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UK top court's ruling on litigation funding spurs reform calls

Wed, 26th Jul 2023 11:33

LONDON, July 26 (Reuters) - Litigation funders are seeking new rules governing funding for mass lawsuits, after Britain's Supreme Court on Wednesday decided that funding agreements in a multi-billion-pound lawsuit were unenforceable.

Truckmaker DAF challenged funding pacts entered into by the Road Haulage Association (RHA), which is bringing a mass lawsuit against DAF and other manufacturers over their involvement in a 14-year price-fixing cartel.

DAF's lawyers argued in February that the RHA's agreement with its litigation funder was unlawful because it did not comply with rules governing so-called damages-based agreements.

The UK's highest court ruled by a 4-1 majority on Wednesday that the RHA's funding agreement was unenforceable, raising questions about the future of the RHA's case.

The ruling could impact many funding arrangements, litigation funders and lawyers said, and lead to the disruption of collective proceedings, roughly equivalent to class actions in the United States.

The International Legal Finance Association and the Association of Litigation Funders said in a joint statement that they were disappointed.

Gary Barnett, the ILFA's executive director, and ALF Chair Susan Dunn said the ruling was not expected to impact the economics of legal finance and will "only affect how legal finance agreements are structured".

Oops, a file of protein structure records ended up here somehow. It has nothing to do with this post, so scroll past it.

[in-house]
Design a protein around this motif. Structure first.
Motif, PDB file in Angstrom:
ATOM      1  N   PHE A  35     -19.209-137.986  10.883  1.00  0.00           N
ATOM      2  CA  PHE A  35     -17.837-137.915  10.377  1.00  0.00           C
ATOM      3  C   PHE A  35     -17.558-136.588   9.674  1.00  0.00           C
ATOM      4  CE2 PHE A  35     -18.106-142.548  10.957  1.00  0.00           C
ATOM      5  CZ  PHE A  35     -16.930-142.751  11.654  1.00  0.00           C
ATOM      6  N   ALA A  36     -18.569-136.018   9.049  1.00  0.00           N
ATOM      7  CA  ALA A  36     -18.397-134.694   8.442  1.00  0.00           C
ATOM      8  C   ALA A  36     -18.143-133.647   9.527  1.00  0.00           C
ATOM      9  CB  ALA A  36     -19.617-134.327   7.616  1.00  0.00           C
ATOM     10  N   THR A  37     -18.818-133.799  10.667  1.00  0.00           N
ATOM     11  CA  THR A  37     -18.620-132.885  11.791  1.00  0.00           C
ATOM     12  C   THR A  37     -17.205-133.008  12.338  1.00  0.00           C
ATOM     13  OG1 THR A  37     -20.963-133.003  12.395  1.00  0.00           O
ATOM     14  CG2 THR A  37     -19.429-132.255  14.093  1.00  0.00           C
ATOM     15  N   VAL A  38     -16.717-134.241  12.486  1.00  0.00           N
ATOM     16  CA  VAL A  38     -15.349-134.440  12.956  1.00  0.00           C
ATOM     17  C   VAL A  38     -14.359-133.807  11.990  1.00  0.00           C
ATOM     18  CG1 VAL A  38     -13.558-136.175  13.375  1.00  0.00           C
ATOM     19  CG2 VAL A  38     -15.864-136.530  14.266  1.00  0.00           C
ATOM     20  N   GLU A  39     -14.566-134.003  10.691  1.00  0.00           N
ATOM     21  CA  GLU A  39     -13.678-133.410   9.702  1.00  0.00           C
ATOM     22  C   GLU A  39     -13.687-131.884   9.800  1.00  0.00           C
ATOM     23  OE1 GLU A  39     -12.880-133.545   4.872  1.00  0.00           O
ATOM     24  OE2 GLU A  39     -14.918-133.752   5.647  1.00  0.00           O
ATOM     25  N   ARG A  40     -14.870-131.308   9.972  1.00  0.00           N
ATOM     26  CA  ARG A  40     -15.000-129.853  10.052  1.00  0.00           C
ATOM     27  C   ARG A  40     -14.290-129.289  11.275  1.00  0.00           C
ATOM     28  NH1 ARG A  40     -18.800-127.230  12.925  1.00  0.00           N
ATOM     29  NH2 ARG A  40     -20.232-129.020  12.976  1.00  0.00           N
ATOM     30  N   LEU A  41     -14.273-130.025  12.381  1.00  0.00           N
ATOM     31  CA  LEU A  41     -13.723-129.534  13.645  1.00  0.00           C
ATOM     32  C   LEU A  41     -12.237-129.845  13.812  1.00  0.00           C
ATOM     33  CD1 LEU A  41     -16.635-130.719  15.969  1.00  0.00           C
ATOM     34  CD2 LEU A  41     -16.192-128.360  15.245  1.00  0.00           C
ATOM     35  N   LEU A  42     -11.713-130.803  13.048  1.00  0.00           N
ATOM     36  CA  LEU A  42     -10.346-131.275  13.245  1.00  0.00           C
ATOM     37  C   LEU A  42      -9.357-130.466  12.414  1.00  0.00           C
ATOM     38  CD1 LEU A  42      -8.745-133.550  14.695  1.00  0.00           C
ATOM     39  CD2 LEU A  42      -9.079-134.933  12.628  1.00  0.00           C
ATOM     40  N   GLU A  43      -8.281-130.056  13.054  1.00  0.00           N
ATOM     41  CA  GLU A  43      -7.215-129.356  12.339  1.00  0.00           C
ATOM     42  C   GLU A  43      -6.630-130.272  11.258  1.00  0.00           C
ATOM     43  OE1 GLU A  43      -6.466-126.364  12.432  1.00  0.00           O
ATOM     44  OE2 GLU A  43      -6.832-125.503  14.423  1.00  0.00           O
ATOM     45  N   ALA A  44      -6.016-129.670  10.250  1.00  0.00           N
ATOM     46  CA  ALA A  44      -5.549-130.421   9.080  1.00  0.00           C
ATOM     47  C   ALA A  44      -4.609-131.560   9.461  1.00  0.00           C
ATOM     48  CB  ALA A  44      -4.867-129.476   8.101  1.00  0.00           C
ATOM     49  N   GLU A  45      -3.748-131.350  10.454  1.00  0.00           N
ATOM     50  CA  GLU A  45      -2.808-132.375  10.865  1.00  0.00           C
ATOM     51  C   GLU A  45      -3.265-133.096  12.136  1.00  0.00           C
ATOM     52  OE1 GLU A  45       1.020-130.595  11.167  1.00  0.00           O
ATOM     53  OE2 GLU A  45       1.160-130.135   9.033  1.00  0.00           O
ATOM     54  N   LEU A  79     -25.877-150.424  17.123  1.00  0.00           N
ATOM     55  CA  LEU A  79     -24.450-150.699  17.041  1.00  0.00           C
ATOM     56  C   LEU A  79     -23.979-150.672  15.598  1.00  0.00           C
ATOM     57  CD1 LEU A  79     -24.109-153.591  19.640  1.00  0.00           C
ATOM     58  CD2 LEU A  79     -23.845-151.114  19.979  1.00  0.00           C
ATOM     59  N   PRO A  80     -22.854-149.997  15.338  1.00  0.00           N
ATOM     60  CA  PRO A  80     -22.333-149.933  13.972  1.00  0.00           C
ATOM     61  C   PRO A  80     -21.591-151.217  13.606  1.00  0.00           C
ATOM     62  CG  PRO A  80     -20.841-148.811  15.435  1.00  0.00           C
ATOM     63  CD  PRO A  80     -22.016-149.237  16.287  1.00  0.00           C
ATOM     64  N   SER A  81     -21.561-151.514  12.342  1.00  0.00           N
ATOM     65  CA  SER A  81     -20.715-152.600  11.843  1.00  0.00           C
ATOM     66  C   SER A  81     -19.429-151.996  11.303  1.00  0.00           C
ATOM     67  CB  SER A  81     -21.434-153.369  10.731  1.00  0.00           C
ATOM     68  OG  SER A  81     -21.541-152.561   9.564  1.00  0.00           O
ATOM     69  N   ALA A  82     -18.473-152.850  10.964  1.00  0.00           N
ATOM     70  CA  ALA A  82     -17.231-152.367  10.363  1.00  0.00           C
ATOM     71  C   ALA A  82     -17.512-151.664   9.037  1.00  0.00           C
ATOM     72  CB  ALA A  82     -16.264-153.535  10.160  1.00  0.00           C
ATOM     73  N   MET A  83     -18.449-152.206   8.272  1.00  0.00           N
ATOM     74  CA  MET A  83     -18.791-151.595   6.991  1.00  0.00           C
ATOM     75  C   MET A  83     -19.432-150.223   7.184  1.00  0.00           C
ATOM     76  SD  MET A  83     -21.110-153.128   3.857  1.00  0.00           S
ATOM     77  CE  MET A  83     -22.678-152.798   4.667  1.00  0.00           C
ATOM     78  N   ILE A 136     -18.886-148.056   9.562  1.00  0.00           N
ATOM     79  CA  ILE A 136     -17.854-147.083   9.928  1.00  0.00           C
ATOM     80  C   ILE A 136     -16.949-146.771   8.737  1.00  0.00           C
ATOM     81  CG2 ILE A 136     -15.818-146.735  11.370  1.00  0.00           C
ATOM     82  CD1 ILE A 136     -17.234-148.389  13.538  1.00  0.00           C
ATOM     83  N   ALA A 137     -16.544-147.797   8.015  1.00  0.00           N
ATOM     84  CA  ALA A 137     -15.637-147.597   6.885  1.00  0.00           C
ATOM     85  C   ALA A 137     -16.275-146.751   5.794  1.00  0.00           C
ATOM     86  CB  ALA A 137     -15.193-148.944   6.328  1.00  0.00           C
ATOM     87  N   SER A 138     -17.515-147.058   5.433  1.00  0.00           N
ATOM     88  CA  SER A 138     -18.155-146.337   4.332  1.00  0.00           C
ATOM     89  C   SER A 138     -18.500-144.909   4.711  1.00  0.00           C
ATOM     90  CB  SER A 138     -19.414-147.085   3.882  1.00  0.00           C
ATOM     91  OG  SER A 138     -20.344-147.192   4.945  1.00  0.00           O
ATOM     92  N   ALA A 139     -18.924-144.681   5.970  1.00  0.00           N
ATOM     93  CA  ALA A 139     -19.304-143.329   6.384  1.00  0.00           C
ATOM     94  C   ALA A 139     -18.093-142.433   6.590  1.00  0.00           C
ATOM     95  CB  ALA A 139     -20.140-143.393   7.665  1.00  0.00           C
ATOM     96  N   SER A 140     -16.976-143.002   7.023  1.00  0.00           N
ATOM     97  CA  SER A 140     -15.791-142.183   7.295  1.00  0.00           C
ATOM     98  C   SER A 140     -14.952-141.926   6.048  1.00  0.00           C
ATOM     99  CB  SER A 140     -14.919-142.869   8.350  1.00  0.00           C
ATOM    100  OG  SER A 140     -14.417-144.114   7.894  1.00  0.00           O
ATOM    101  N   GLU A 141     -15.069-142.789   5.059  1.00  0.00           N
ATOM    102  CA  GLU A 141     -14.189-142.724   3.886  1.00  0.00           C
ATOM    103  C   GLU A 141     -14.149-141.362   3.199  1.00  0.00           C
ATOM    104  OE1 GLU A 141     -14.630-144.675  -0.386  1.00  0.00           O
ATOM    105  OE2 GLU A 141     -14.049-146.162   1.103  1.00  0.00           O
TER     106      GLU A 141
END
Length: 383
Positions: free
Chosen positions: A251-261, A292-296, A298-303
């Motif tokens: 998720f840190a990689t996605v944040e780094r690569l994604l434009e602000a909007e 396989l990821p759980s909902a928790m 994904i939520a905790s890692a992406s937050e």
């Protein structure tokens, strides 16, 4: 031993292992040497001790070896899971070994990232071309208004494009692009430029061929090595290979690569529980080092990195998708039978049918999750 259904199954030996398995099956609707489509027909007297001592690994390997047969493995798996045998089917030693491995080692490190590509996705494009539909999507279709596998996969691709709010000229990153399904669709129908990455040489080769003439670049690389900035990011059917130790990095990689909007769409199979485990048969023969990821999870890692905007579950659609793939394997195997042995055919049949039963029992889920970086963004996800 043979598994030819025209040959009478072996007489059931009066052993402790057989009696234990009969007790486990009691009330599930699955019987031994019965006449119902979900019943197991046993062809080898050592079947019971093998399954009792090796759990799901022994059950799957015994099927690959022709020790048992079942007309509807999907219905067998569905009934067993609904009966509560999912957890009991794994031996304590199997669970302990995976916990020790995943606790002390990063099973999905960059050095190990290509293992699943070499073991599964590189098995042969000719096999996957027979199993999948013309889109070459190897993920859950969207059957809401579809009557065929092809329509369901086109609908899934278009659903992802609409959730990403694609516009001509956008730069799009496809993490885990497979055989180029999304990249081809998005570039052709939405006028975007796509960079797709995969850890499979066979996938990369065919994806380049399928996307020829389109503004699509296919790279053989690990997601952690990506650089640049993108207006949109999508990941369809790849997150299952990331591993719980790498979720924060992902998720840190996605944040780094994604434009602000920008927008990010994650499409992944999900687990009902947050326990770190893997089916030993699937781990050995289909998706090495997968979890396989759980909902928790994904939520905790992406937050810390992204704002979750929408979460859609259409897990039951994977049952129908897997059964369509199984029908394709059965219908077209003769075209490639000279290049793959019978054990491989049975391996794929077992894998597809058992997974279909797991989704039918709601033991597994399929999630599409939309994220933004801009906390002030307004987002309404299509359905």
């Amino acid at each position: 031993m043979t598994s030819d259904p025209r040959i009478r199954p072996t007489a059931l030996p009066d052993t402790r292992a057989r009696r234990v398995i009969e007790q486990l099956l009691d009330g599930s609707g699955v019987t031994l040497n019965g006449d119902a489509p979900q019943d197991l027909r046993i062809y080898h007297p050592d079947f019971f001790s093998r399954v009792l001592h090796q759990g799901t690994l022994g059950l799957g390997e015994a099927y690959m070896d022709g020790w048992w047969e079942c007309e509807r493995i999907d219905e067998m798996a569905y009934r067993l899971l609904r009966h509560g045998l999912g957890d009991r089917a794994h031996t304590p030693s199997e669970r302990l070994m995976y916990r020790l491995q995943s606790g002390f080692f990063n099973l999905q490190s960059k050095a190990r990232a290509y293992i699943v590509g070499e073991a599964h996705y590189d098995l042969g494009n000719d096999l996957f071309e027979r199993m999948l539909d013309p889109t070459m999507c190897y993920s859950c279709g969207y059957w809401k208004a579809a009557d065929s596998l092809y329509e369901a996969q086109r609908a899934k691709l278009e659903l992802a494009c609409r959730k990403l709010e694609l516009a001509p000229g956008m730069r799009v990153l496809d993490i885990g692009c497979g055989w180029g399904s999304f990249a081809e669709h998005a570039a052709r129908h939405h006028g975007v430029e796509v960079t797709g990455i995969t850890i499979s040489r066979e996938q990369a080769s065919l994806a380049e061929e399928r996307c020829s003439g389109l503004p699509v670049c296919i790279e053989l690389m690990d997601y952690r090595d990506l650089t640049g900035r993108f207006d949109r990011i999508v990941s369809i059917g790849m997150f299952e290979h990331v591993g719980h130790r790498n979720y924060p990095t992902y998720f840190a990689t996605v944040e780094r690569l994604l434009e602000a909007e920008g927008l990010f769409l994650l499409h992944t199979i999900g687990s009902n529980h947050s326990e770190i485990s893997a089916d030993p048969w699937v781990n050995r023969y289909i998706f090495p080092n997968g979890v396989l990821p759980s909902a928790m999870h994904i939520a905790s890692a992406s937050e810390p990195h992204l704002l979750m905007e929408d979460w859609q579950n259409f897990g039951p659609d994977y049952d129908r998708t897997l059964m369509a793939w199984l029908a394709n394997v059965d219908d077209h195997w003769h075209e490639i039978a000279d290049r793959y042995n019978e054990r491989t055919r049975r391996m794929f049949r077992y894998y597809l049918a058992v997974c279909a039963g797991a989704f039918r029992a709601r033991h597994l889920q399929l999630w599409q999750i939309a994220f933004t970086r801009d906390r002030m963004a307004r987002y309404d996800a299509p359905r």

However, they said it "could undermine the enforcement of competition law" as damages-based agreements (DBAs) are not allowed in collective proceedings where potential claimants are included in the case unless they opt out.

Barnett and Dunn added that "technical amendments are needed to reclarify the government's intent when it introduced DBAs and ensure the proper funding of opt-out cases".

Tim West, a partner at law firm Ashurst, said the Supreme Court's ruling meant that litigation funders and claimants in opt-out cases will need to "review and potentially replace their funding arrangements" or risk their cases being dismissed.

Mohsin Patel, director of litigation finance broker Factor Risk Management, said the ruling will have a "significant and immediate negative impact on the funders in this case and more generally". (Reporting by Sam Tobin Editing by Bernadette Baum)

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